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MPs Believe Social Media Has A Negative Impact On Politics

MPs Believe Social Media Has A Negative Impact On Politics

Politics is a hot topic at the moment, and currently four in five MPs believe that public attitudes towards politicians have been changed for the worse by social media.

Research commissioned by Vuelio, the political and media software provider, has found that MPs believe social media has a negative impact on politics, with four in five (81%) of the 137 MPs surveyed believing public attitudes towards politicians have been changed for the worse as a result of social media. The research is released at a time of heightened speculation regarding an early general election. It is important to recognise the central role that social media is likely to play in any subsequent campaign, as a crucial communication tool for all of the main parties.

According to MPs, there are specific ways in which social media has damaged public engagement. Over three quarters (79%) believe social media has made it difficult for the public to source information from trustworthy sources and 78% believe it leads to people being overloaded with information. This impacts policy making, with two in five (42%) MPs believing social media has changed the policy making process for the worse, and a third (36%) believe it has changed public understanding of policy for the worse.

While MPs believe, on balance, that social media has had negative impact on politics, they do recognise some positives. Almost half (47%) of MPs say it has improved the transparency of politics and around two in five (44%) say it has improved engagement between politicians and the public.

Commenting on the research, Joanna Arnold, CEO of Vuelio said:

“Social media has ushered in a new era of political immediacy that is reshaping how politicians engage with the public. While recognising that social media has improved transparency, four in five MPs believe it has changed public attitudes towards politicians for the worse. The depth of concern that MPs have is a timely reminder of the risks of social media as well as the potential it has to transform political engagement.”

Rachael Clamp Chart.PR, MCIPR, Chair of CIPR Public Affairs said:

“This is fascinating research. A challenge for politicians and a pause for thought for anyone who wants to engage with them.

“Social media has broken down barriers and removed some of the mystery surrounding the nature of our ‘them’ and ‘us’ politics. But the role of an MP has also become ambiguous. What some MPs say has driven engagement with constituents hasn’t resulted in better debate and is eroding traditional media channels. MPs are also making a distinction between how they engage with the public and how they engage with lobbyists, which is part of ethical lobbying practice.”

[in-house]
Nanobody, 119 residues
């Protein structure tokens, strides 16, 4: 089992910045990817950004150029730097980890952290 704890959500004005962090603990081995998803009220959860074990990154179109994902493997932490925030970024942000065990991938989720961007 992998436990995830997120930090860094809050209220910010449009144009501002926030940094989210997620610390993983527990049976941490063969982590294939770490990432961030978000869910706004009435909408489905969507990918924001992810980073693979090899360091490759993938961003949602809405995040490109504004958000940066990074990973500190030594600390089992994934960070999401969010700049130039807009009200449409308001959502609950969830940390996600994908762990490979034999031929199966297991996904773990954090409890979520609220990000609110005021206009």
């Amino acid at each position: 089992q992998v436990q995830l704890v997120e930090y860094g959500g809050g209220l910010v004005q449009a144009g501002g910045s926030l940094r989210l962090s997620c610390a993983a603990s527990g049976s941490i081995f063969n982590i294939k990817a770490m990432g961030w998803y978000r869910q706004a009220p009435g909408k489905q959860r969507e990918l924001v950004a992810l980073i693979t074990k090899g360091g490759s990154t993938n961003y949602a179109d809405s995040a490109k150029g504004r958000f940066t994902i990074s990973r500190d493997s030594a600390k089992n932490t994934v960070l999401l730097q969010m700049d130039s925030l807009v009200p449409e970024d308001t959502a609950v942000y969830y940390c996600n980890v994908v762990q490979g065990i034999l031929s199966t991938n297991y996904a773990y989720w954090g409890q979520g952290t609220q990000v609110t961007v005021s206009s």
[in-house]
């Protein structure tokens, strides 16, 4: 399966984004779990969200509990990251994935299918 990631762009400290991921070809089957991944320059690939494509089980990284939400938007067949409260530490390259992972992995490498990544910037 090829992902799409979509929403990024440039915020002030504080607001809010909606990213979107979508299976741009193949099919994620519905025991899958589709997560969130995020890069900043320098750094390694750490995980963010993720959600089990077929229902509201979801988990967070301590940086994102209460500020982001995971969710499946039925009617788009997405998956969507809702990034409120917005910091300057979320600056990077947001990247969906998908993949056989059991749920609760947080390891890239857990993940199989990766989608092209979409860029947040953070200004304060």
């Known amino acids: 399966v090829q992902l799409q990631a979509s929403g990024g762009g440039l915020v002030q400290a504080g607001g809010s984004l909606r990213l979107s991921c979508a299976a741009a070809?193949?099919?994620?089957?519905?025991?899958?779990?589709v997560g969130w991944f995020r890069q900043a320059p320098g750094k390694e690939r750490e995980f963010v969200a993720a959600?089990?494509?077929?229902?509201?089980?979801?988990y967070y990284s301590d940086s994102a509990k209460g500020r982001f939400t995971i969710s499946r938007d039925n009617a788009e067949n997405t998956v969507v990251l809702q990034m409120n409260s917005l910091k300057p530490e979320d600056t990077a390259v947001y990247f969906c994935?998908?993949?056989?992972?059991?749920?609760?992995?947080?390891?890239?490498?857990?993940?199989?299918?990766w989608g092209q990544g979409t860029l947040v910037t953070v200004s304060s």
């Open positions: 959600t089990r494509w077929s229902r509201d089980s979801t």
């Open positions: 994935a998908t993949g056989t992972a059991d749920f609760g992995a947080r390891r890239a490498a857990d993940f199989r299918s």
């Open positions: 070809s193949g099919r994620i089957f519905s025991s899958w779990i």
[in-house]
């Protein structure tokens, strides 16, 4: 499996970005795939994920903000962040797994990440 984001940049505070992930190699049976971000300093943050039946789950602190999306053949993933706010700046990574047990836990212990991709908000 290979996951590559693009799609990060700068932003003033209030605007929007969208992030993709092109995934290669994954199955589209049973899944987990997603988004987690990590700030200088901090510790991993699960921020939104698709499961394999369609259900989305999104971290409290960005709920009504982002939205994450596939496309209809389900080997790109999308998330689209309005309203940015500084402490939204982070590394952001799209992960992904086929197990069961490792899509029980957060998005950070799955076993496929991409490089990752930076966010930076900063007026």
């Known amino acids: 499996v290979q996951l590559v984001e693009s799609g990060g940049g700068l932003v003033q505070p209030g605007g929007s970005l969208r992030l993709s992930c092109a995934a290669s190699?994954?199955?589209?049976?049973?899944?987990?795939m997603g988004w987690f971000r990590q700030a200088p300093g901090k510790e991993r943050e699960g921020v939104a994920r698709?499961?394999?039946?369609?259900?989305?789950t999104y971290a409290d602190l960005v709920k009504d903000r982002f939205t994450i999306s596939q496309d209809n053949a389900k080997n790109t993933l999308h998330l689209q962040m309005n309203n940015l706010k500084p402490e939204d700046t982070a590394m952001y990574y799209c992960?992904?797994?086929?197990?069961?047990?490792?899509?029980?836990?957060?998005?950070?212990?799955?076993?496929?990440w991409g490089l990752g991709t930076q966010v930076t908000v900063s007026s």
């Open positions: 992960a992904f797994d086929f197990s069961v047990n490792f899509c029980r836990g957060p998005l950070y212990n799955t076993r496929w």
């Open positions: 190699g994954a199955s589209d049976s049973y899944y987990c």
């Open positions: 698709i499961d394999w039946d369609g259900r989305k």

While MPs consider on balance that social media has had negative impact on politics, they recognise that it is around twice as important as securing editorial coverage in communicating with constituents (64% vs. 35%). Social media is considered only marginally less important as having face to face meetings with constituents (64% vs 70%). The importance of social media for constituent engagement increases among younger MPs with three quarters (74%) of MPs born since 1970 saying social media is an important communication channel for engaging with constituents compared to half (49%) of those born in the middle decade of the last century (1950-1959).

Labour MPs are most likely to consider social media as important to engagement compared with Conservative MPs (75% vs 57%). When it comes to reaching stakeholders working in policy or the media, MPs consider activities in parliament, such as parliamentary debates and APPG sessions as significantly more important (60%) opposed to less than half that figure (25%) choosing social media.

This research was commissioned by Vuelio to understand the changing relationship between MPs, the press, editorial and social media. ComRes surveyed 137 MPs (51 Conservative, 67 Labour, nine SNP and 10 others) using a combination of paper and online surveys. The survey was conducted between 11 June and 12 August 2019. Data have been weighted by party and region to be representative of the House of Commons.

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